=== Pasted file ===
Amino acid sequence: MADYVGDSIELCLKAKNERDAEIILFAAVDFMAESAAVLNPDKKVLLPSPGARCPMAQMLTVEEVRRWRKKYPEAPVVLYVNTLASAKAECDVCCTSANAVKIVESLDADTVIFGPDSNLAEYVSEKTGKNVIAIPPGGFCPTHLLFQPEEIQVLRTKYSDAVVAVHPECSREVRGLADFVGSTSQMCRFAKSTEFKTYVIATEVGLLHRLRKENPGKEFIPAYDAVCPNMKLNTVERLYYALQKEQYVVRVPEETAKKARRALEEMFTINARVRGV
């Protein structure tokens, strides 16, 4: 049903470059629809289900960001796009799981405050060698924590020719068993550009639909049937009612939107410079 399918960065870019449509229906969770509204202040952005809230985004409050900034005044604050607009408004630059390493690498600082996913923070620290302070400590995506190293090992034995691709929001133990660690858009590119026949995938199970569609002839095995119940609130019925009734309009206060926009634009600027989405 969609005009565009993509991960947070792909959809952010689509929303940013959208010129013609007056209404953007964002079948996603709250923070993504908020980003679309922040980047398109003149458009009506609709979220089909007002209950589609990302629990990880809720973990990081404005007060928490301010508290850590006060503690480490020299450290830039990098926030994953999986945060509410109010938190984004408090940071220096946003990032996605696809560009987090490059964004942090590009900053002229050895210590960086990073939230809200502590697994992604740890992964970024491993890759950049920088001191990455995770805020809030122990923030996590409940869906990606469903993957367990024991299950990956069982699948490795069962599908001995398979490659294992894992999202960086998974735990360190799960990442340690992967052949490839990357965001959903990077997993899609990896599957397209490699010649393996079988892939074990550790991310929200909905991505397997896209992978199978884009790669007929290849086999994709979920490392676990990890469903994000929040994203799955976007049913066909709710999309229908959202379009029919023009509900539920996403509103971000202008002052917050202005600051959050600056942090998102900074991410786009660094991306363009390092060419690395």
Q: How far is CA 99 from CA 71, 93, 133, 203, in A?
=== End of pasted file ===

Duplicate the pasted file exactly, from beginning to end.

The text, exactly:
Amino acid sequence: MADYVGDSIELCLKAKNERDAEIILFAAVDFMAESAAVLNPDKKVLLPSPGARCPMAQMLTVEEVRRWRKKYPEAPVVLYVNTLASAKAECDVCCTSANAVKIVESLDADTVIFGPDSNLAEYVSEKTGKNVIAIPPGGFCPTHLLFQPEEIQVLRTKYSDAVVAVHPECSREVRGLADFVGSTSQMCRFAKSTEFKTYVIATEVGLLHRLRKENPGKEFIPAYDAVCPNMKLNTVERLYYALQKEQYVVRVPEETAKKARRALEEMFTINARVRGV
């Protein structure tokens, strides 16, 4: 049903470059629809289900960001796009799981405050060698924590020719068993550009639909049937009612939107410079 399918960065870019449509229906969770509204202040952005809230985004409050900034005044604050607009408004630059390493690498600082996913923070620290302070400590995506190293090992034995691709929001133990660690858009590119026949995938199970569609002839095995119940609130019925009734309009206060926009634009600027989405 969609005009565009993509991960947070792909959809952010689509929303940013959208010129013609007056209404953007964002079948996603709250923070993504908020980003679309922040980047398109003149458009009506609709979220089909007002209950589609990302629990990880809720973990990081404005007060928490301010508290850590006060503690480490020299450290830039990098926030994953999986945060509410109010938190984004408090940071220096946003990032996605696809560009987090490059964004942090590009900053002229050895210590960086990073939230809200502590697994992604740890992964970024491993890759950049920088001191990455995770805020809030122990923030996590409940869906990606469903993957367990024991299950990956069982699948490795069962599908001995398979490659294992894992999202960086998974735990360190799960990442340690992967052949490839990357965001959903990077997993899609990896599957397209490699010649393996079988892939074990550790991310929200909905991505397997896209992978199978884009790669007929290849086999994709979920490392676990990890469903994000929040994203799955976007049913066909709710999309229908959202379009029919023009509900539920996403509103971000202008002052917050202005600051959050600056942090998102900074991410786009660094991306363009390092060419690395």
Q: How far is CA 99 from CA 71, 93, 133, 203, in A?